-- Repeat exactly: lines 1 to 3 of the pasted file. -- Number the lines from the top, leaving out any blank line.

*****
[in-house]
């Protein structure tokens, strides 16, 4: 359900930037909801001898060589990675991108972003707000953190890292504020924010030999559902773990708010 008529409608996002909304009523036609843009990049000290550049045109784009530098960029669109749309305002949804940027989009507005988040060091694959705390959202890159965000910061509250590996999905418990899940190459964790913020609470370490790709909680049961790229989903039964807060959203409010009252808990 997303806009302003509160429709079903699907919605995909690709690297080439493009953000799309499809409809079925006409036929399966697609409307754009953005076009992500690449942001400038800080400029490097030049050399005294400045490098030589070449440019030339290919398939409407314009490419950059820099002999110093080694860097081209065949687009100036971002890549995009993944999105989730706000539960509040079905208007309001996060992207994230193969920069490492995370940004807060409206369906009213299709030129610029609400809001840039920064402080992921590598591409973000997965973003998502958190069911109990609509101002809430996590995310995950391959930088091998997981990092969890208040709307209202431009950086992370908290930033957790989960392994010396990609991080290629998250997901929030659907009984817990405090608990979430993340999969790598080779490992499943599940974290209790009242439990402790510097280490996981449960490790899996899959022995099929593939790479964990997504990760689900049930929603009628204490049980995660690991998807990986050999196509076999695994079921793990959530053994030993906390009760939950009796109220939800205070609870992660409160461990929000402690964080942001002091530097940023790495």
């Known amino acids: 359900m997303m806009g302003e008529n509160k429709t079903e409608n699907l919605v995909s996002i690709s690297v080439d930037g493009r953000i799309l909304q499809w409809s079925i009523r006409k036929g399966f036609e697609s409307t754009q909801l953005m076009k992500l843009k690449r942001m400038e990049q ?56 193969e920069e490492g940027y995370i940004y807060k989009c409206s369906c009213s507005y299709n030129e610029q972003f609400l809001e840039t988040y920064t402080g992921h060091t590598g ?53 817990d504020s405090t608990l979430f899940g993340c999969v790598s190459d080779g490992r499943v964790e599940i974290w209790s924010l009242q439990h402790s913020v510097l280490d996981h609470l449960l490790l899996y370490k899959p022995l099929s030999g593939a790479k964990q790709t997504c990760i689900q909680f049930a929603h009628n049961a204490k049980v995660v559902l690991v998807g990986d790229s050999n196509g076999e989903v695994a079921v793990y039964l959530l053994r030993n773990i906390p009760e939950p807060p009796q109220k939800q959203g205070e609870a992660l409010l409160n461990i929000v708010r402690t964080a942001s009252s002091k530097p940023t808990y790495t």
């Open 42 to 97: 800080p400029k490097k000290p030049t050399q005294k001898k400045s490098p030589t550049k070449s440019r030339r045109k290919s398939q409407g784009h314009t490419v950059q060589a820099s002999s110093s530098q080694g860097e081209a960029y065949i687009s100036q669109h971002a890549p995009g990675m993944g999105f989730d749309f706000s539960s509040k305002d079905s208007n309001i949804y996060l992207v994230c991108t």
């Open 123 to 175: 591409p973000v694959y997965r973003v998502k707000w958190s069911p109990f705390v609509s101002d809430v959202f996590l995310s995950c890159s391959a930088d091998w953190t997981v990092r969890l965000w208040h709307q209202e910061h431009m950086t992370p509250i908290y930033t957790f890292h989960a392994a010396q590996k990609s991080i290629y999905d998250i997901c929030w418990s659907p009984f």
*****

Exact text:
[in-house]
């Protein structure tokens, strides 16, 4: 359900930037909801001898060589990675991108972003707000953190890292504020924010030999559902773990708010 008529409608996002909304009523036609843009990049000290550049045109784009530098960029669109749309305002949804940027989009507005988040060091694959705390959202890159965000910061509250590996999905418990899940190459964790913020609470370490790709909680049961790229989903039964807060959203409010009252808990 997303806009302003509160429709079903699907919605995909690709690297080439493009953000799309499809409809079925006409036929399966697609409307754009953005076009992500690449942001400038800080400029490097030049050399005294400045490098030589070449440019030339290919398939409407314009490419950059820099002999110093080694860097081209065949687009100036971002890549995009993944999105989730706000539960509040079905208007309001996060992207994230193969920069490492995370940004807060409206369906009213299709030129610029609400809001840039920064402080992921590598591409973000997965973003998502958190069911109990609509101002809430996590995310995950391959930088091998997981990092969890208040709307209202431009950086992370908290930033957790989960392994010396990609991080290629998250997901929030659907009984817990405090608990979430993340999969790598080779490992499943599940974290209790009242439990402790510097280490996981449960490790899996899959022995099929593939790479964990997504990760689900049930929603009628204490049980995660690991998807990986050999196509076999695994079921793990959530053994030993906390009760939950009796109220939800205070609870992660409160461990929000402690964080942001002091530097940023790495």
């Known amino acids: 359900m997303m806009g302003e008529n509160k429709t079903e409608n699907l919605v995909s996002i690709s690297v080439d930037g493009r953000i799309l909304q499809w409809s079925i009523r006409k036929g399966f036609e697609s409307t754009q909801l953005m076009k992500l843009k690449r942001m400038e990049q ?56 193969e920069e490492g940027y995370i940004y807060k989009c409206s369906c009213s507005y299709n030129e610029q972003f609400l809001e840039t988040y920064t402080g992921h060091t590598g ?53 817990d504020s405090t608990l979430f899940g993340c999969v790598s190459d080779g490992r499943v964790e599940i974290w209790s924010l009242q439990h402790s913020v510097l280490d996981h609470l449960l490790l899996y370490k899959p022995l099929s030999g593939a790479k964990q790709t997504c990760i689900q909680f049930a929603h009628n049961a204490k049980v995660v559902l690991v998807g990986d790229s050999n196509g076999e989903v695994a079921v793990y039964l959530l053994r030993n773990i906390p009760e939950p807060p009796q109220k939800q959203g205070e609870a992660l409010l409160n461990i929000v708010r402690t964080a942001s009252s002091k530097p940023t808990y790495t």